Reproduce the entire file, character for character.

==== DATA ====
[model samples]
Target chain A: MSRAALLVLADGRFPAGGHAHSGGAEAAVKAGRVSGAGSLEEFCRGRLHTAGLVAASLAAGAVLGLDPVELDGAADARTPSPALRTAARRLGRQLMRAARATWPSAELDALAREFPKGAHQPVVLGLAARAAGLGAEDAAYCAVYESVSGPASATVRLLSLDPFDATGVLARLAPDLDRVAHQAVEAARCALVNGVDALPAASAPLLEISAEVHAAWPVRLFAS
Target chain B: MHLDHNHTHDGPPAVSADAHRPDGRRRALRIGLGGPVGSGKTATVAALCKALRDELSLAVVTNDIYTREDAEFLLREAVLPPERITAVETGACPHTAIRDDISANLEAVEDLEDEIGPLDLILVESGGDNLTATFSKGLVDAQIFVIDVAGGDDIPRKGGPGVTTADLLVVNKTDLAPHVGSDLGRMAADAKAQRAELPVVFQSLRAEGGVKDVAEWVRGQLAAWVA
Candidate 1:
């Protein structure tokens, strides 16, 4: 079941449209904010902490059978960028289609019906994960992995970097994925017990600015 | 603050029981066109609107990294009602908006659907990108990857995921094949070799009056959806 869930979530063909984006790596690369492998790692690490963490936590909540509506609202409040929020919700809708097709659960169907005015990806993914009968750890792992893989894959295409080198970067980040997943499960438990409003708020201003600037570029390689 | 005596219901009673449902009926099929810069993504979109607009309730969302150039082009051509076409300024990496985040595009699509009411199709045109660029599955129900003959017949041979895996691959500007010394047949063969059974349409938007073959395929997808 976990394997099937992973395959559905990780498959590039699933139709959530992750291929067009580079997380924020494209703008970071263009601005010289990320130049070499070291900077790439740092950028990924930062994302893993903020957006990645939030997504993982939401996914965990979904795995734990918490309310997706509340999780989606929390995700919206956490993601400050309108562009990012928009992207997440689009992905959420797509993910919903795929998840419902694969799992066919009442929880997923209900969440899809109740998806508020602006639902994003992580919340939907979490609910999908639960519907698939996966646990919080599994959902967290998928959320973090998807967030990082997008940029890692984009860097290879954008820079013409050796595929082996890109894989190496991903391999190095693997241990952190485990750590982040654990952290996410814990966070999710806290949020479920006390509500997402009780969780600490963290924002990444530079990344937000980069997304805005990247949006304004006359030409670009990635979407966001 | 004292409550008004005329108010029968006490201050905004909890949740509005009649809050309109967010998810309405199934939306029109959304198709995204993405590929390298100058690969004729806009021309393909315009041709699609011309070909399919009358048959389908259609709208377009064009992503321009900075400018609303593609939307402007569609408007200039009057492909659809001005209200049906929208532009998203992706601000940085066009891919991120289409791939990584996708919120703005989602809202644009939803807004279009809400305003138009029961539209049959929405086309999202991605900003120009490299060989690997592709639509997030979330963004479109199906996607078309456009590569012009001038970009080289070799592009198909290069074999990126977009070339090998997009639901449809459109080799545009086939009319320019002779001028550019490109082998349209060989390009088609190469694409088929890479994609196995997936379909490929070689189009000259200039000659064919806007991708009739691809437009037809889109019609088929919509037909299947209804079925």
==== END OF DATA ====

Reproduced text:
[model samples]
Target chain A: MSRAALLVLADGRFPAGGHAHSGGAEAAVKAGRVSGAGSLEEFCRGRLHTAGLVAASLAAGAVLGLDPVELDGAADARTPSPALRTAARRLGRQLMRAARATWPSAELDALAREFPKGAHQPVVLGLAARAAGLGAEDAAYCAVYESVSGPASATVRLLSLDPFDATGVLARLAPDLDRVAHQAVEAARCALVNGVDALPAASAPLLEISAEVHAAWPVRLFAS
Target chain B: MHLDHNHTHDGPPAVSADAHRPDGRRRALRIGLGGPVGSGKTATVAALCKALRDELSLAVVTNDIYTREDAEFLLREAVLPPERITAVETGACPHTAIRDDISANLEAVEDLEDEIGPLDLILVESGGDNLTATFSKGLVDAQIFVIDVAGGDDIPRKGGPGVTTADLLVVNKTDLAPHVGSDLGRMAADAKAQRAELPVVFQSLRAEGGVKDVAEWVRGQLAAWVA
Candidate 1:
């Protein structure tokens, strides 16, 4: 079941449209904010902490059978960028289609019906994960992995970097994925017990600015 | 603050029981066109609107990294009602908006659907990108990857995921094949070799009056959806 869930979530063909984006790596690369492998790692690490963490936590909540509506609202409040929020919700809708097709659960169907005015990806993914009968750890792992893989894959295409080198970067980040997943499960438990409003708020201003600037570029390689 | 005596219901009673449902009926099929810069993504979109607009309730969302150039082009051509076409300024990496985040595009699509009411199709045109660029599955129900003959017949041979895996691959500007010394047949063969059974349409938007073959395929997808 976990394997099937992973395959559905990780498959590039699933139709959530992750291929067009580079997380924020494209703008970071263009601005010289990320130049070499070291900077790439740092950028990924930062994302893993903020957006990645939030997504993982939401996914965990979904795995734990918490309310997706509340999780989606929390995700919206956490993601400050309108562009990012928009992207997440689009992905959420797509993910919903795929998840419902694969799992066919009442929880997923209900969440899809109740998806508020602006639902994003992580919340939907979490609910999908639960519907698939996966646990919080599994959902967290998928959320973090998807967030990082997008940029890692984009860097290879954008820079013409050796595929082996890109894989190496991903391999190095693997241990952190485990750590982040654990952290996410814990966070999710806290949020479920006390509500997402009780969780600490963290924002990444530079990344937000980069997304805005990247949006304004006359030409670009990635979407966001 | 004292409550008004005329108010029968006490201050905004909890949740509005009649809050309109967010998810309405199934939306029109959304198709995204993405590929390298100058690969004729806009021309393909315009041709699609011309070909399919009358048959389908259609709208377009064009992503321009900075400018609303593609939307402007569609408007200039009057492909659809001005209200049906929208532009998203992706601000940085066009891919991120289409791939990584996708919120703005989602809202644009939803807004279009809400305003138009029961539209049959929405086309999202991605900003120009490299060989690997592709639509997030979330963004479109199906996607078309456009590569012009001038970009080289070799592009198909290069074999990126977009070339090998997009639901449809459109080799545009086939009319320019002779001028550019490109082998349209060989390009088609190469694409088929890479994609196995997936379909490929070689189009000259200039000659064919806007991708009739691809437009037809889109019609088929919509037909299947209804079925």